In my last post on October 21st, looking at the potential for an exit from the epidemic, I described a cyclical version of the modelling of the epidemic in the UK, reflecting outputs from Imperial College and Harvard earlier this year, which postulated a continuing cycle of partial lockdowns, easing of restrictions and upsurges in the epidemic, a cycle only broken by the development of a pharmaceutical solution.
I will illustrate that again with the application of my model to the USA (where I haven’t reflected, as I have in the UK, any continuing measures to control the epidemic apart from an initial intervention on March 23rd); the absence of later interventions allows the effect of periodic ones to show up, and to be compared to the do-nothing situation.
Apart from that initial March 23rd set of measures, it was hard to identify a consistent set of federal measures in the US (much of what they do is State-driven, and is very variable), and in any case my focus was (and is) more on the UK.
I will then revert, therefore, to the UK, with an adjustment to my model output, which reflects the lower effectiveness of the UK Government’s measures taken in the last couple of weeks, in the face of increasing individual and population informal relaxations of compliance with requested measures.
This has resulted in the UK Government being forced to introduce new “tiers” of measures across England, paralleled in Scotland, Wales and Northern Ireland with arguably more severe measures; it is mooted that England might also introduce, for example, a fourth tier of interventions, as an alternative to the ‘circuit-breaker” or “fire-break” approaches taken elsewhere.
Inspiration for cyclical modelling
I embarked on a cyclical version of my model to replicate a version of the Imperial College and Harvard models for this kind of epidemic management, through adaptively triggered NPIs (Non Pharmaceutical Interventions), referenced in several of my blog posts (including my most recent on October 21st) and which I first saw at the April 17th Cambridge Conversation webinar, which I reported in my April 17th blog post, and also in my April 22nd blog post on model refinement.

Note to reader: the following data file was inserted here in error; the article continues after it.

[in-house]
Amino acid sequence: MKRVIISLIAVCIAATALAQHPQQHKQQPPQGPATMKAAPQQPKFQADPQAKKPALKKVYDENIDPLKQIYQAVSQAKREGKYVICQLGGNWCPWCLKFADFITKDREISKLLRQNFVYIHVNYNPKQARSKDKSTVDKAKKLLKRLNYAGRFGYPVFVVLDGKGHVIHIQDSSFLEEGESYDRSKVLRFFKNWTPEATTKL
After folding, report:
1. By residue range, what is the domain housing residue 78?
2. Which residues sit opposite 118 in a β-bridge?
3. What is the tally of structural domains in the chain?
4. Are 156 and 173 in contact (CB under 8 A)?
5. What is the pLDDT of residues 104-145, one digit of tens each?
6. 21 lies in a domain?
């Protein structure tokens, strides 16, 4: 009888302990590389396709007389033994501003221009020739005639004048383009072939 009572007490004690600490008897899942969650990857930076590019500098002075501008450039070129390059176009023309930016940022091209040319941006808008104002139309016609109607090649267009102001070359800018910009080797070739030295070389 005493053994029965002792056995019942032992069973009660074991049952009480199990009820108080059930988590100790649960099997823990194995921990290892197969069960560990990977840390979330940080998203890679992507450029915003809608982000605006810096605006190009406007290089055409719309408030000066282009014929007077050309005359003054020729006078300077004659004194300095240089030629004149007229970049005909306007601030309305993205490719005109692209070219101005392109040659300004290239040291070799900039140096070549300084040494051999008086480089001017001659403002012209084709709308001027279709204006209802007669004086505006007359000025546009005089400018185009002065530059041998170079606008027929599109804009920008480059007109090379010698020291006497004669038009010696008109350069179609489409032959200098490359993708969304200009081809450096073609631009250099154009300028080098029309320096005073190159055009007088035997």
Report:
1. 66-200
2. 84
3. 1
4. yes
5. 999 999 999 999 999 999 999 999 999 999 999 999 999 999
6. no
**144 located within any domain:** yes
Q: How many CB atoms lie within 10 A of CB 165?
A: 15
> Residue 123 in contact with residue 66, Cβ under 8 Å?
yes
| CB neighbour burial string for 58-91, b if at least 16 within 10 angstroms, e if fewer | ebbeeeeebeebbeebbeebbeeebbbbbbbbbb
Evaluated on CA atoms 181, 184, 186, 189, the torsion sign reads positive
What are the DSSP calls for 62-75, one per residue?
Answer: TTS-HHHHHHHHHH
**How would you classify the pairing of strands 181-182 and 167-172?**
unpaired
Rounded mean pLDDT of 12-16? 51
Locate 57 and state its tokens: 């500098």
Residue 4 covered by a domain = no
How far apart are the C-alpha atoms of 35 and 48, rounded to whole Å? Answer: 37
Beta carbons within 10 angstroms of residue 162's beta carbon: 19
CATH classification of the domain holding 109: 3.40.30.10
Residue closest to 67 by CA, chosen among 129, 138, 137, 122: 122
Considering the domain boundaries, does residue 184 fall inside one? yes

The Imperial College version of the chart is here, first presented in their pivotal and influential March 16th Report 9 on the subject of Non Pharmaceutical Interventions for the epidemic.
This presents a model that adaptively applies interventions, triggered by, and thereby controlling the number of high technology beds required across the country. My model can cope with setting these numbers at a population level, and one might interpret “critically ill” in my model as 40% of the SS number – again, a proportion that could be chosen to reflect the real numbers of beds required at any time, although Imperial’s multi-disciplinary team, with its financial support from the Medical Research Council, has access to much more detailed and specific medical and population data.
Epidemic life-cycle model for the US
The scientific-political background in the USA
In the six months I have been developing ideas for Coronavirus modelling, I have been increasingly surprised at the political motivations that appear to be behind the work of some scientists in this area, be they epidemiologists, data scientists or from other backgrounds.
This recent article by Stephanie Lee on Buzzfeed was originally published a couple of months back on July 24th, when I first saw it; it states that Public Record Requests in the US (similar to requests made under our UK Freedom of Information Act) provided her with redacted transcripts of some scientists’ attempted communications with the White House, in an effort, it would seem, to deter lockdown measures. This was in late March. I was extremely disappointed to see a Nobel laureate cited in the article as a possible member of this group, which puts forward such opposing views on lockdown measures.
It might explain not only some curious White House decisions (one of which was to replace Dr Anthony Fauci (an experienced and qualified virologist/epidemiologist) as Presidential adviser with Scott Atlas (a senior Stanford staffer, not in those fields, but in radiology)), but also some of the scientific material that seems to have been published in a reverse “confirmation-bias” sense.